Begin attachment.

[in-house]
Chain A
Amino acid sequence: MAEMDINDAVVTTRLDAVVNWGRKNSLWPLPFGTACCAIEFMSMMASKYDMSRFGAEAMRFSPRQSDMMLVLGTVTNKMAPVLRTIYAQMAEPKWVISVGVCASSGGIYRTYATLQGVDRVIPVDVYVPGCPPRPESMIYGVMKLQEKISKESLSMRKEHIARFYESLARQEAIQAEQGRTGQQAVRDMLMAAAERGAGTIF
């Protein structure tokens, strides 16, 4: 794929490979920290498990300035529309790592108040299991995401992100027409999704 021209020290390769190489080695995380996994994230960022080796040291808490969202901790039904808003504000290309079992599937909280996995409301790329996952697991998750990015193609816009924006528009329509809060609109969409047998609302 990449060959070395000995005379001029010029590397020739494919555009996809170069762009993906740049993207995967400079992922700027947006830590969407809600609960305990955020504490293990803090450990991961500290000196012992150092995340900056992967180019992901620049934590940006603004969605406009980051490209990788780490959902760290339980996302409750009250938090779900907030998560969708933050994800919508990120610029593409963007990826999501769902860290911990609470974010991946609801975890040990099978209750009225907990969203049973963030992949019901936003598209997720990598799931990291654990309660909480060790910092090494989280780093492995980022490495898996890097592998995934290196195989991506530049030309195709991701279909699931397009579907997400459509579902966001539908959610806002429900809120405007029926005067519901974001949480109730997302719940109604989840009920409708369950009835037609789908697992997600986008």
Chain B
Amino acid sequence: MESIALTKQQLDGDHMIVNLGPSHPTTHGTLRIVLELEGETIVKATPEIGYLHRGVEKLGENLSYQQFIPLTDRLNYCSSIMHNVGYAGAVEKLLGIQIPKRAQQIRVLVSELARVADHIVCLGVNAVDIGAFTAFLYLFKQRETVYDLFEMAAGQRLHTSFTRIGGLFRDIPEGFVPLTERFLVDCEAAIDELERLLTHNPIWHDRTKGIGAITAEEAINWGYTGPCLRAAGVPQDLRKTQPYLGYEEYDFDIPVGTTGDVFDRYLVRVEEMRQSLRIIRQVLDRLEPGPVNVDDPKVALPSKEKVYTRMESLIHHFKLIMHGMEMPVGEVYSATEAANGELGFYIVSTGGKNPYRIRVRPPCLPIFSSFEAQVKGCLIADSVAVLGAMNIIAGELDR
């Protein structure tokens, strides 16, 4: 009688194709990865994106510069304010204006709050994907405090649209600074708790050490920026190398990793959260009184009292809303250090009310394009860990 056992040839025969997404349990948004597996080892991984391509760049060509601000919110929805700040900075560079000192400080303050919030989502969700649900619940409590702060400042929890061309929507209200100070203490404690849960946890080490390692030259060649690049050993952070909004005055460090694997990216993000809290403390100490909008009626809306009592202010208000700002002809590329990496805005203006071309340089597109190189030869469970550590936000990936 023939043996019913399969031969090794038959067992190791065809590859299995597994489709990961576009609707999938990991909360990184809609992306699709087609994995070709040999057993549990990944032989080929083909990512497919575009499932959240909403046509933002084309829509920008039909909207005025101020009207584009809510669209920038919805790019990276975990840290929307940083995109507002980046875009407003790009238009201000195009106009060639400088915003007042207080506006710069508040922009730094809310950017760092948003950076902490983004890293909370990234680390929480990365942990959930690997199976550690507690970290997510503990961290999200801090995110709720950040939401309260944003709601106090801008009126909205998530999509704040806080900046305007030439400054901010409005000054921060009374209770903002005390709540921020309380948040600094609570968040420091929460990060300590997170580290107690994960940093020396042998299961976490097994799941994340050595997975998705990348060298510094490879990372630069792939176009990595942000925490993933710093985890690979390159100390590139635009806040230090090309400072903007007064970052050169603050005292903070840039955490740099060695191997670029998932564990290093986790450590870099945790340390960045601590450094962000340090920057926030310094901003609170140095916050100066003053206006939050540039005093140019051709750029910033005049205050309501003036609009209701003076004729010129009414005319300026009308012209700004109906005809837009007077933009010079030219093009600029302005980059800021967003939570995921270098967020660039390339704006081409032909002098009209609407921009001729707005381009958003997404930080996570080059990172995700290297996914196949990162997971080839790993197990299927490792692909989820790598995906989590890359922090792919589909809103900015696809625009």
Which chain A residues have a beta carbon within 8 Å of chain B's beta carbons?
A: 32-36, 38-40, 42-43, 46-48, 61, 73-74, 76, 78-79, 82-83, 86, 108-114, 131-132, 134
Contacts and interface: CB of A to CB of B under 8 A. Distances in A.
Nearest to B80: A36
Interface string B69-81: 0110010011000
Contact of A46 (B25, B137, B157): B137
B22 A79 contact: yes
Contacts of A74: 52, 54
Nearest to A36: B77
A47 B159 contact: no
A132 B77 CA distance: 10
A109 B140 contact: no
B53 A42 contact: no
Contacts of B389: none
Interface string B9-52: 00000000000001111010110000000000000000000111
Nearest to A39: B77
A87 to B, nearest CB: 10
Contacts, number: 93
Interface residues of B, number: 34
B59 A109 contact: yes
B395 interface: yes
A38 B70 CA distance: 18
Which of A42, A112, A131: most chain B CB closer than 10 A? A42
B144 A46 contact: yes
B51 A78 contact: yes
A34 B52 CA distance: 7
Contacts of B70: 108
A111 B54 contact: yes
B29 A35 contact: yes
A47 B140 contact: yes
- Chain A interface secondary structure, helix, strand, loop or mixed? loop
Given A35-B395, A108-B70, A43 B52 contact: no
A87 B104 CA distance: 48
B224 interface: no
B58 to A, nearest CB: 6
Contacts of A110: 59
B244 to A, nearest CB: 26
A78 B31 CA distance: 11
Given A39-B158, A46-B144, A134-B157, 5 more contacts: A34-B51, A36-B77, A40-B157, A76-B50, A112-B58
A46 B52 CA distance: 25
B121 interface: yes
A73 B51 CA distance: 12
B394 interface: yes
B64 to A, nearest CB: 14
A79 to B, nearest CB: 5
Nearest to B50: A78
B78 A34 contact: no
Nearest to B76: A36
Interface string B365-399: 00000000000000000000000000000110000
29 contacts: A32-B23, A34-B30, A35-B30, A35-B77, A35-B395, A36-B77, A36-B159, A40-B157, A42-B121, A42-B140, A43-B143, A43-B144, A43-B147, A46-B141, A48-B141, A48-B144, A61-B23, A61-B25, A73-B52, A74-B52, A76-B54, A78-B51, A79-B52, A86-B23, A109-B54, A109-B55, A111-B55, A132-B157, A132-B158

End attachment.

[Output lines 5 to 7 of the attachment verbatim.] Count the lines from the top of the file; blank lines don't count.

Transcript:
Chain B
Amino acid sequence: MESIALTKQQLDGDHMIVNLGPSHPTTHGTLRIVLELEGETIVKATPEIGYLHRGVEKLGENLSYQQFIPLTDRLNYCSSIMHNVGYAGAVEKLLGIQIPKRAQQIRVLVSELARVADHIVCLGVNAVDIGAFTAFLYLFKQRETVYDLFEMAAGQRLHTSFTRIGGLFRDIPEGFVPLTERFLVDCEAAIDELERLLTHNPIWHDRTKGIGAITAEEAINWGYTGPCLRAAGVPQDLRKTQPYLGYEEYDFDIPVGTTGDVFDRYLVRVEEMRQSLRIIRQVLDRLEPGPVNVDDPKVALPSKEKVYTRMESLIHHFKLIMHGMEMPVGEVYSATEAANGELGFYIVSTGGKNPYRIRVRPPCLPIFSSFEAQVKGCLIADSVAVLGAMNIIAGELDR
């Protein structure tokens, strides 16, 4: 009688194709990865994106510069304010204006709050994907405090649209600074708790050490920026190398990793959260009184009292809303250090009310394009860990 056992040839025969997404349990948004597996080892991984391509760049060509601000919110929805700040900075560079000192400080303050919030989502969700649900619940409590702060400042929890061309929507209200100070203490404690849960946890080490390692030259060649690049050993952070909004005055460090694997990216993000809290403390100490909008009626809306009592202010208000700002002809590329990496805005203006071309340089597109190189030869469970550590936000990936 023939043996019913399969031969090794038959067992190791065809590859299995597994489709990961576009609707999938990991909360990184809609992306699709087609994995070709040999057993549990990944032989080929083909990512497919575009499932959240909403046509933002084309829509920008039909909207005025101020009207584009809510669209920038919805790019990276975990840290929307940083995109507002980046875009407003790009238009201000195009106009060639400088915003007042207080506006710069508040922009730094809310950017760092948003950076902490983004890293909370990234680390929480990365942990959930690997199976550690507690970290997510503990961290999200801090995110709720950040939401309260944003709601106090801008009126909205998530999509704040806080900046305007030439400054901010409005000054921060009374209770903002005390709540921020309380948040600094609570968040420091929460990060300590997170580290107690994960940093020396042998299961976490097994799941994340050595997975998705990348060298510094490879990372630069792939176009990595942000925490993933710093985890690979390159100390590139635009806040230090090309400072903007007064970052050169603050005292903070840039955490740099060695191997670029998932564990290093986790450590870099945790340390960045601590450094962000340090920057926030310094901003609170140095916050100066003053206006939050540039005093140019051709750029910033005049205050309501003036609009209701003076004729010129009414005319300026009308012209700004109906005809837009007077933009010079030219093009600029302005980059800021967003939570995921270098967020660039390339704006081409032909002098009209609407921009001729707005381009958003997404930080996570080059990172995700290297996914196949990162997971080839790993197990299927490792692909989820790598995906989590890359922090792919589909809103900015696809625009």